Obviously, unless governments secure uncontested charge of their entire territory, such contests will continue - but according to a changing and more promising set of ground rules. With the Cold War long over, the continent is no longer a proxy battlefield for competing superpowers. Meanwhile, Africa's own resident "Euro-power", France, after its humiliation in Zaire, is re-examining its entire approach to its Francophone client countries. Until the end Paris sought to keep General Mobutu , among the last and the worst of the African rulers who were viewed as bulwarks of anti-Communism, in power. Its failure could produce a welcome reduction of French involvement.
In the uncertain years immediately after their independence, France's close ties with its former colonies were a beneficial force for stability. More recently, though, they have mainly served to stifle needed reforms. For now, almost four decades after Harold Macmillan spoke of a political wind of change, an irresistible gale of economic change threatens to sweep across the continent.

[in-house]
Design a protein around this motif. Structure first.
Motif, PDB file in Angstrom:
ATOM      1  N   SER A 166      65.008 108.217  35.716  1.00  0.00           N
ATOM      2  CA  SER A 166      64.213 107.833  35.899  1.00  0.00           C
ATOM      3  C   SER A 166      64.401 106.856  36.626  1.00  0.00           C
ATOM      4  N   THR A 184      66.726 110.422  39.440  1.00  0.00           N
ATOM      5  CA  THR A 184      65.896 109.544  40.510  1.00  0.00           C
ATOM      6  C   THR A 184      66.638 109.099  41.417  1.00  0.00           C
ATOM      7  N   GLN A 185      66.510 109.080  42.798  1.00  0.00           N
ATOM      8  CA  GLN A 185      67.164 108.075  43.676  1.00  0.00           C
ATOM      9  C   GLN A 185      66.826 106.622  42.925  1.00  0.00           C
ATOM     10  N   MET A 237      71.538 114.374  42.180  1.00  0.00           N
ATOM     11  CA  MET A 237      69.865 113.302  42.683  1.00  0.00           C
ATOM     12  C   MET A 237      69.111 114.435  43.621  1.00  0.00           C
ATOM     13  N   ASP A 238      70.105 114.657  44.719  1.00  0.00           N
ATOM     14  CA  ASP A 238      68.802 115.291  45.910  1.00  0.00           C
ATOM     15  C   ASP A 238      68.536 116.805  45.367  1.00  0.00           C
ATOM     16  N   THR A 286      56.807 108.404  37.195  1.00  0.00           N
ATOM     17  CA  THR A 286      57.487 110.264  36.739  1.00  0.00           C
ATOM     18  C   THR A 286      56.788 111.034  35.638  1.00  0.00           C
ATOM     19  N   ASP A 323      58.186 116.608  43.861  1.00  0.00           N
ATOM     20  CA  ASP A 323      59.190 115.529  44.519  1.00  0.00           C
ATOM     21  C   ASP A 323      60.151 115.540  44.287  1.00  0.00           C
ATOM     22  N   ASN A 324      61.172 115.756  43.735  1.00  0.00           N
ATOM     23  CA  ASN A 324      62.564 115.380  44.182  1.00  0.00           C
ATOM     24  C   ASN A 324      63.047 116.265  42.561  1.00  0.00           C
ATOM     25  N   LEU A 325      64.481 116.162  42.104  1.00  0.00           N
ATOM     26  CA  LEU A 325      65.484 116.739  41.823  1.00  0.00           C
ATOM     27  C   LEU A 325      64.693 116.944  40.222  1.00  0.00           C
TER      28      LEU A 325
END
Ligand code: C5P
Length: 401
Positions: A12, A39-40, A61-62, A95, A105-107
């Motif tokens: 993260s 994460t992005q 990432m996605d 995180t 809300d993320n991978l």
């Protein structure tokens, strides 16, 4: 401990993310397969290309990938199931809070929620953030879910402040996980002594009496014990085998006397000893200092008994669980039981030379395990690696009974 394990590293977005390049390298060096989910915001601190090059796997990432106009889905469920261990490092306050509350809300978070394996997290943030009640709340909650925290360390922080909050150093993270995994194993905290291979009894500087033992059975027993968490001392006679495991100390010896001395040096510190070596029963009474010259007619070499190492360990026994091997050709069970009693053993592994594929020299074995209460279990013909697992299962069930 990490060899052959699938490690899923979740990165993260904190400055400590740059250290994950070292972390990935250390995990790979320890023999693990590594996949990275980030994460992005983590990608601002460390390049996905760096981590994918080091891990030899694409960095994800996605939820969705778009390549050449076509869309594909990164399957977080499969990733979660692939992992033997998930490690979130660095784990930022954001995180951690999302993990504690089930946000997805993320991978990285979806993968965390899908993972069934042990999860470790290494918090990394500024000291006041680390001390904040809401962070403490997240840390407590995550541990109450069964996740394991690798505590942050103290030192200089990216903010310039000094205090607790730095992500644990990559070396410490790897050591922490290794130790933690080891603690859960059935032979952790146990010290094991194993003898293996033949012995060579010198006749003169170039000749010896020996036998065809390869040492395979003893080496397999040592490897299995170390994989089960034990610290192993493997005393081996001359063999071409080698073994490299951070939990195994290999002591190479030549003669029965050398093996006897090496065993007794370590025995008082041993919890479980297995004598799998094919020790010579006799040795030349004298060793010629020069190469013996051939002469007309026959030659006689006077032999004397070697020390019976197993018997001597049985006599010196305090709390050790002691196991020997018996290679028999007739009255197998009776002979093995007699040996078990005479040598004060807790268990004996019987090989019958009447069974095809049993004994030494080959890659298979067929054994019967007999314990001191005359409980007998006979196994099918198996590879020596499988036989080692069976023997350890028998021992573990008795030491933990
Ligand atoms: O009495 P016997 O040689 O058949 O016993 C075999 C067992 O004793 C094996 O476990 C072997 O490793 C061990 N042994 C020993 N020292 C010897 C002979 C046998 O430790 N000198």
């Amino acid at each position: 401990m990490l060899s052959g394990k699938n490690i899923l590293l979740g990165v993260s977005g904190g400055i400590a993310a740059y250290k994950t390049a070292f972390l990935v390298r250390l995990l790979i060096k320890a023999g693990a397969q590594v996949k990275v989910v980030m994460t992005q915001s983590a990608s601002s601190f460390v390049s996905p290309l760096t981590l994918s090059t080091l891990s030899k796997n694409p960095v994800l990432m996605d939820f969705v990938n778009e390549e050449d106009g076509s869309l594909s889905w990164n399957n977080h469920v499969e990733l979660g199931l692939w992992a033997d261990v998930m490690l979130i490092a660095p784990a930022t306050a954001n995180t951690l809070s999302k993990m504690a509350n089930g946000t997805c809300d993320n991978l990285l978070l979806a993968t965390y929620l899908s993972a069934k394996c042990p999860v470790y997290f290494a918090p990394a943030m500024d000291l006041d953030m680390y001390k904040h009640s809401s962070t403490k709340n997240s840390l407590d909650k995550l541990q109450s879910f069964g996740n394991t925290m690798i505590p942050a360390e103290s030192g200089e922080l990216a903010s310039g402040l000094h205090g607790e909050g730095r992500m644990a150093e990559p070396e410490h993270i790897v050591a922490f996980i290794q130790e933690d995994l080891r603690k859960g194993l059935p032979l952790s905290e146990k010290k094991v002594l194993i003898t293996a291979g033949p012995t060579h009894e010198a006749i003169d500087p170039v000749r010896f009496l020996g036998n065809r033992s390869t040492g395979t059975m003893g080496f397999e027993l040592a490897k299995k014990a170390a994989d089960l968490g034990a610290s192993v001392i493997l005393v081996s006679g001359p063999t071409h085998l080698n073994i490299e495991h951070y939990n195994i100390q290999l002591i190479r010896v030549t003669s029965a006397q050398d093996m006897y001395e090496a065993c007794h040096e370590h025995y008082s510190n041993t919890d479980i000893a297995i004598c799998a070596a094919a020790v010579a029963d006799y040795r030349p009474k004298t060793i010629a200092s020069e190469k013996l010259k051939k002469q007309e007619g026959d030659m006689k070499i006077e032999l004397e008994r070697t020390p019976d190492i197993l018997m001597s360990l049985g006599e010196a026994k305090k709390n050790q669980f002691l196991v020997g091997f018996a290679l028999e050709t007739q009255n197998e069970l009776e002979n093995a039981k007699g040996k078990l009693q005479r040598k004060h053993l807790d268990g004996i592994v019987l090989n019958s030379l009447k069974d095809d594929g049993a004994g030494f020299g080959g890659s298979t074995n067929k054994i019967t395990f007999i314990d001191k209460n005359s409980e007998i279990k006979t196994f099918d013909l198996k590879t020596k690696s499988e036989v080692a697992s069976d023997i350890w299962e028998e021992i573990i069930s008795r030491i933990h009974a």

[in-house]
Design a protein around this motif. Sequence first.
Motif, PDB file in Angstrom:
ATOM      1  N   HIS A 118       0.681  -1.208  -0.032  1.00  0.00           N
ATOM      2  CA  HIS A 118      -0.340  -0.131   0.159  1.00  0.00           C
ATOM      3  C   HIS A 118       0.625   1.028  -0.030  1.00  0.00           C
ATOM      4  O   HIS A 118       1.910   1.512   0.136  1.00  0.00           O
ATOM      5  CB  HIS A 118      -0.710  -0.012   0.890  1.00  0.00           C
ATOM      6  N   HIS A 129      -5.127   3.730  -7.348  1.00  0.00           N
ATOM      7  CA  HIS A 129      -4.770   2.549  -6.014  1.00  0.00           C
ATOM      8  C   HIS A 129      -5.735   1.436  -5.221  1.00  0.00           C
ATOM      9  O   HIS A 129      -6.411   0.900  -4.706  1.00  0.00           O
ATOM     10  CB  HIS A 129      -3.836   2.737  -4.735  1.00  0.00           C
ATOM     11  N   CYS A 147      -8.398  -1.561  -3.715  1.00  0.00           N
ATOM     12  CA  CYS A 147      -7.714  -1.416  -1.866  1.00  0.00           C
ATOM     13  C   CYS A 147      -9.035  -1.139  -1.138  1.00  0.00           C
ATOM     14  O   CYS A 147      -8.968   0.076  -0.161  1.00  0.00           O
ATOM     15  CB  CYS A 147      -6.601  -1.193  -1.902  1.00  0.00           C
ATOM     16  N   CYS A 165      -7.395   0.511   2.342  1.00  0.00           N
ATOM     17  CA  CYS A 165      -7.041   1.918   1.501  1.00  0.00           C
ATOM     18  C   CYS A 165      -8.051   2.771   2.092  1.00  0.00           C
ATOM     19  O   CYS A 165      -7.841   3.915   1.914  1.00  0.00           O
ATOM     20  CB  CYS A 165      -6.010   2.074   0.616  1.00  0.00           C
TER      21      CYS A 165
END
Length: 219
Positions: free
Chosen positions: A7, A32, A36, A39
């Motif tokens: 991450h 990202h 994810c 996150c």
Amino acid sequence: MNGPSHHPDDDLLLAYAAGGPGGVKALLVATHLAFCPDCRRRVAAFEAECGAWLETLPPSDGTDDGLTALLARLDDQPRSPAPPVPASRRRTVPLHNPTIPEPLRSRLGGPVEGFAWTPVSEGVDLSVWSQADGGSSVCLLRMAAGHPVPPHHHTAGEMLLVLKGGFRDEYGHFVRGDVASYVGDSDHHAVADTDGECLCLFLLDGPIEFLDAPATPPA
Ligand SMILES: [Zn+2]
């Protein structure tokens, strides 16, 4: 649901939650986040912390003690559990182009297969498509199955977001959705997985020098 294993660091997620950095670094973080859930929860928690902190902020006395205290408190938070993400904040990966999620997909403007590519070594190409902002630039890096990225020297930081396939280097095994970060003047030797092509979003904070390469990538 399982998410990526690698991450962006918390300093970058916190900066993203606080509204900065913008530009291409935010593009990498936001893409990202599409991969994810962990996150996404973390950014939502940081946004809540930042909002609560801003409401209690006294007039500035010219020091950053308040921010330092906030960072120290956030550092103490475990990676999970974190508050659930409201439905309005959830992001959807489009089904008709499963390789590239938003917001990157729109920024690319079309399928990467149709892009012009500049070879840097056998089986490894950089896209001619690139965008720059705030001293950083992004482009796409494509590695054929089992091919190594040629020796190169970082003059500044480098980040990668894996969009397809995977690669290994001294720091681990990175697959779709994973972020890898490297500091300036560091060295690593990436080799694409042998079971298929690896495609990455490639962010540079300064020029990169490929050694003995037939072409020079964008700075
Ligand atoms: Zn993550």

Long years of low or negative growth have conclusively disproved the old semi-socialist notions of regulation and subsidies favoured by a first generation of leaders, in Anglophone Africa especially. No longer is there talk of an "African way;" only - as everywhere in the industrialised world - an acceptance, however reluctant, that privatisation, a reduced role for the state and market solutions are the only avenues ahead. Where these measures have taken root, new pockets of growth have sprung up across the continent.
French-speaking Africa's successes include the Ivory Coast and Gabon, the latter largely thanks to oil. Far more striking though is a new group of countries growing at "Asian Tiger" rates of 6 per cent or more, thanks to a very Asian combination of open markets, health care and education. Among them are Angola, Ghana, Malawi, Botswana, Lesotho, and everyone's favourite African role-model, Uganda. But even Nigeria, in international disgrace because of its human rights record, is managing some 4 per cent. If the IMF is to be believed, developing sub-Saharan Africa achieved growth of 5 per cent in 1996, the best since the mid-Seventies.